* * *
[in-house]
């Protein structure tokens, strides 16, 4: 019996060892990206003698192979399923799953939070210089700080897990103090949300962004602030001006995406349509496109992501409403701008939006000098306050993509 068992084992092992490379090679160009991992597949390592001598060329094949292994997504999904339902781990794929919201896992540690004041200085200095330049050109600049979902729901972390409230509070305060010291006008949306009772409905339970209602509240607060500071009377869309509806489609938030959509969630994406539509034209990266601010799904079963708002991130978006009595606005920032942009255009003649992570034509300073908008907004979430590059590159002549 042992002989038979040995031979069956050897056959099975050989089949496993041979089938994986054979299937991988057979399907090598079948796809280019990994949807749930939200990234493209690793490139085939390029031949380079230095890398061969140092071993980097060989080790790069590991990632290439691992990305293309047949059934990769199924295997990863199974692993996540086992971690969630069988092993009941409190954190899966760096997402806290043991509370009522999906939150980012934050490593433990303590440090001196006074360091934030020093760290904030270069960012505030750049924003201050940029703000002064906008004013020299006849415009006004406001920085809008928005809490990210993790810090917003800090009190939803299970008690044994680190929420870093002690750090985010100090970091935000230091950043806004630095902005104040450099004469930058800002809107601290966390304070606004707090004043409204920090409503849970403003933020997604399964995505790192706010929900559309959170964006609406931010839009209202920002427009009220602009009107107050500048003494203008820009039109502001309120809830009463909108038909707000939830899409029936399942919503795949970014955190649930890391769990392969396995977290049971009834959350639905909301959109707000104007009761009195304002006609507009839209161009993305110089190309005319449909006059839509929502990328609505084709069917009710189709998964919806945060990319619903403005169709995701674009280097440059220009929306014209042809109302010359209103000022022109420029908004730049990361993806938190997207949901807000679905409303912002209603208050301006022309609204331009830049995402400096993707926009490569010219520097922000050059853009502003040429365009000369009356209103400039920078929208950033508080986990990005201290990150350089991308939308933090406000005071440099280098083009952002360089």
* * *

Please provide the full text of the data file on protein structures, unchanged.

[in-house]
């Protein structure tokens, strides 16, 4: 019996060892990206003698192979399923799953939070210089700080897990103090949300962004602030001006995406349509496109992501409403701008939006000098306050993509 068992084992092992490379090679160009991992597949390592001598060329094949292994997504999904339902781990794929919201896992540690004041200085200095330049050109600049979902729901972390409230509070305060010291006008949306009772409905339970209602509240607060500071009377869309509806489609938030959509969630994406539509034209990266601010799904079963708002991130978006009595606005920032942009255009003649992570034509300073908008907004979430590059590159002549 042992002989038979040995031979069956050897056959099975050989089949496993041979089938994986054979299937991988057979399907090598079948796809280019990994949807749930939200990234493209690793490139085939390029031949380079230095890398061969140092071993980097060989080790790069590991990632290439691992990305293309047949059934990769199924295997990863199974692993996540086992971690969630069988092993009941409190954190899966760096997402806290043991509370009522999906939150980012934050490593433990303590440090001196006074360091934030020093760290904030270069960012505030750049924003201050940029703000002064906008004013020299006849415009006004406001920085809008928005809490990210993790810090917003800090009190939803299970008690044994680190929420870093002690750090985010100090970091935000230091950043806004630095902005104040450099004469930058800002809107601290966390304070606004707090004043409204920090409503849970403003933020997604399964995505790192706010929900559309959170964006609406931010839009209202920002427009009220602009009107107050500048003494203008820009039109502001309120809830009463909108038909707000939830899409029936399942919503795949970014955190649930890391769990392969396995977290049971009834959350639905909301959109707000104007009761009195304002006609507009839209161009993305110089190309005319449909006059839509929502990328609505084709069917009710189709998964919806945060990319619903403005169709995701674009280097440059220009929306014209042809109302010359209103000022022109420029908004730049990361993806938190997207949901807000679905409303912002209603208050301006022309609204331009830049995402400096993707926009490569010219520097922000050059853009502003040429365009000369009356209103400039920078929208950033508080986990990005201290990150350089991308939308933090406000005071440099280098083009952002360089």